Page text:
Governance factors remain highly relevant from a risk and return perspective, but the delta for growth in environmental, social, and governance (ESG) factor integration (or sustainable investment adoption) will continue to be more a function of the environmental and social trends that are reshaping industries and business models.
Changing consumer preferences, disruptive technologies, and the shifting regulatory environment have presented companies with a mix of risk and return opportunities across a number of industries.
For example, based on its analysis of global sector exposures to sustainability issues, UBS, in its April 2015 Global ESG Analyzer, highlighted the energy- and transportation-related sectors as being most exposed to ESG risks. These risks are primarily related to CO2 regulations, new forms of mobility, and innovative technologies.
Certainly many companies in these industries are adapting to these risks to neutralize the effects on revenues, but profitability and return on capital are under threat. At the other end of the spectrum, consumer-related industries are considered to be more favorably exposed to ESG issues, as sustainability trends such as organic products and health awareness are net positives.
Longer-term thematic-oriented return opportunities are emerging across a wide range of industries.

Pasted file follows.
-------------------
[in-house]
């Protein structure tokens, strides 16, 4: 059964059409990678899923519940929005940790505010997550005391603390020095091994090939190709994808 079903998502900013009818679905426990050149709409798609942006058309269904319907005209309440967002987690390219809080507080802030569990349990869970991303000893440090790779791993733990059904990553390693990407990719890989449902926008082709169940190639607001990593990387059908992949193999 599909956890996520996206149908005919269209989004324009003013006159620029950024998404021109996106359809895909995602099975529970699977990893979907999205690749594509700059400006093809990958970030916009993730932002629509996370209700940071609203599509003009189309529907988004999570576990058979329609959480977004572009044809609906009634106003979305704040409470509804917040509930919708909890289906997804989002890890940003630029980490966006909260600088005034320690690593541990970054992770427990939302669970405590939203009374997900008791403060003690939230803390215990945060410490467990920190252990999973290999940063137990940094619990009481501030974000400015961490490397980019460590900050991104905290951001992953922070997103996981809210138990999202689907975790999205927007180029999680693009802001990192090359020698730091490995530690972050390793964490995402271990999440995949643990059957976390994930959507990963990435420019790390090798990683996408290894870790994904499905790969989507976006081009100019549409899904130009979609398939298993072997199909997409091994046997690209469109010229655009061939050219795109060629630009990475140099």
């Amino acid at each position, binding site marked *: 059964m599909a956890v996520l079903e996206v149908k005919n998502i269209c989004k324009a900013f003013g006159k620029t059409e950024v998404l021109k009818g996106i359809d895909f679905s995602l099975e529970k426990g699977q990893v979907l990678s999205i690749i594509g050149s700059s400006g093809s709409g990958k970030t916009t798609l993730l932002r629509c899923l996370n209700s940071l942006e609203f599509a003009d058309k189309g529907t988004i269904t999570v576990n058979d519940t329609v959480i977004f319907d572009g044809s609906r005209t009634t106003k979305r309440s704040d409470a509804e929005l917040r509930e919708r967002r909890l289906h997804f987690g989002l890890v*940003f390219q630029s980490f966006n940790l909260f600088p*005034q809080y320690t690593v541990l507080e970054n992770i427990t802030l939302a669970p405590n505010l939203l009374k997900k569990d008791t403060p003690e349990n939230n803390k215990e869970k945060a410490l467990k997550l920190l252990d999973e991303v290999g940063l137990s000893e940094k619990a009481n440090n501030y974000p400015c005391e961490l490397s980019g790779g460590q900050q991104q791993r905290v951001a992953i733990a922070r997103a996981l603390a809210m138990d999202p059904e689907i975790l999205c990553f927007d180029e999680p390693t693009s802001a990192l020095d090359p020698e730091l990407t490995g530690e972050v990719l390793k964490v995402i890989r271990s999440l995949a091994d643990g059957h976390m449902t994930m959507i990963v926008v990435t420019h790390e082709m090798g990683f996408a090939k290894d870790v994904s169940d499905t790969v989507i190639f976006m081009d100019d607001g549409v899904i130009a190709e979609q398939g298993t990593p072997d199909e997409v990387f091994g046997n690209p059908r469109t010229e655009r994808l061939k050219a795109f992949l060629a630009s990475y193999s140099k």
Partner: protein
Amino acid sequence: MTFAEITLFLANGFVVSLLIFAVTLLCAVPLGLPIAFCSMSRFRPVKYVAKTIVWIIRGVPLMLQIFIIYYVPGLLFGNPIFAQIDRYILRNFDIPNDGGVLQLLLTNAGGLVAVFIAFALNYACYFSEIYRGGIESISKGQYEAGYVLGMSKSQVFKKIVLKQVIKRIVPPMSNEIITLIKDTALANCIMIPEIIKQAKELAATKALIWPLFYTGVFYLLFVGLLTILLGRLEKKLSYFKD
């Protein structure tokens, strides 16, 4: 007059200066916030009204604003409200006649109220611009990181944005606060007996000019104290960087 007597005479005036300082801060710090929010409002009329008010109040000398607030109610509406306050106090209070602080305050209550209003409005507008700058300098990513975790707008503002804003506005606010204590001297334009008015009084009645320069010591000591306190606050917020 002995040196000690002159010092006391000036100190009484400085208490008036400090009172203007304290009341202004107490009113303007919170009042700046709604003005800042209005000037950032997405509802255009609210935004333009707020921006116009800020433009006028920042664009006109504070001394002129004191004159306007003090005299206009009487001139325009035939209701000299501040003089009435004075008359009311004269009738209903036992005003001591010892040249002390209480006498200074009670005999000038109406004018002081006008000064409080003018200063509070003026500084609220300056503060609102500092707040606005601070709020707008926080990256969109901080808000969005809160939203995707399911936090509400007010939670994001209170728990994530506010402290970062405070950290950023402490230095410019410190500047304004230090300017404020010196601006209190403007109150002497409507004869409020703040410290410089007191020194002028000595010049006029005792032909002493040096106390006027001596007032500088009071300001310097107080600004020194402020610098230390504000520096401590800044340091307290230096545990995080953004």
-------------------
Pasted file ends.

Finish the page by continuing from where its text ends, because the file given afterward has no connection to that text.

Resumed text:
While risk mitigation remains a key objective of sustainable investing, longer-term thematic-oriented return opportunities are emerging across a wide range of industries. These themes are broadly tied to shifting demographics, climate change, resource scarcity, and improvements in quality of life—particularly in developing economies.
The financials, technology, and telecom sectors are not traditional areas of focus for investors pursuing ESG objectives, but the growth of digital finance (where these sectors intersect) is proving to be a compelling sustainable investment theme.
The proliferation of mobile devices and rising demand for banking services among lower-income populations have facilitated the creation of innovative payment platforms with high levels of adoption among the “underbanked” demographic. This is particularly important in emerging markets, where most people and small businesses transact exclusively in cash and do not participate in the formal financial system.
According to a recent study by the McKinsey Global Institute, nearly 80% of adults in emerging markets own a mobile phone, but only 55% have a financial account. McKinsey estimates that 1.6 billion people out of 2 billion without bank accounts—more than half of whom are women— could be assimilated into the system via digital finance. The graphic below shows how digital finance is affecting emerging markets.
The ability to accept wages, subsidy payments, and remittances or initiate tuition, medical, and rent payments from the palm of the hand is both convenient and empowering. From a macroeconomic perspective, rising loan demand and deposit growth are favorable outcomes of the migration to digital. Economic gains can potentially be achieved through productivity gains and lower costs from reducing cash transactions and brick-and-mortar branches.
Among developing economies, McKinsey sees the most potential for low-income countries in Africa and in India, where digital finance could increase gross domestic product (GDP) growth by 10% to 12%. Although less significant, the estimated 4% to 5% estimated growth benefits for middle-income countries, such as China and Brazil, are also compelling.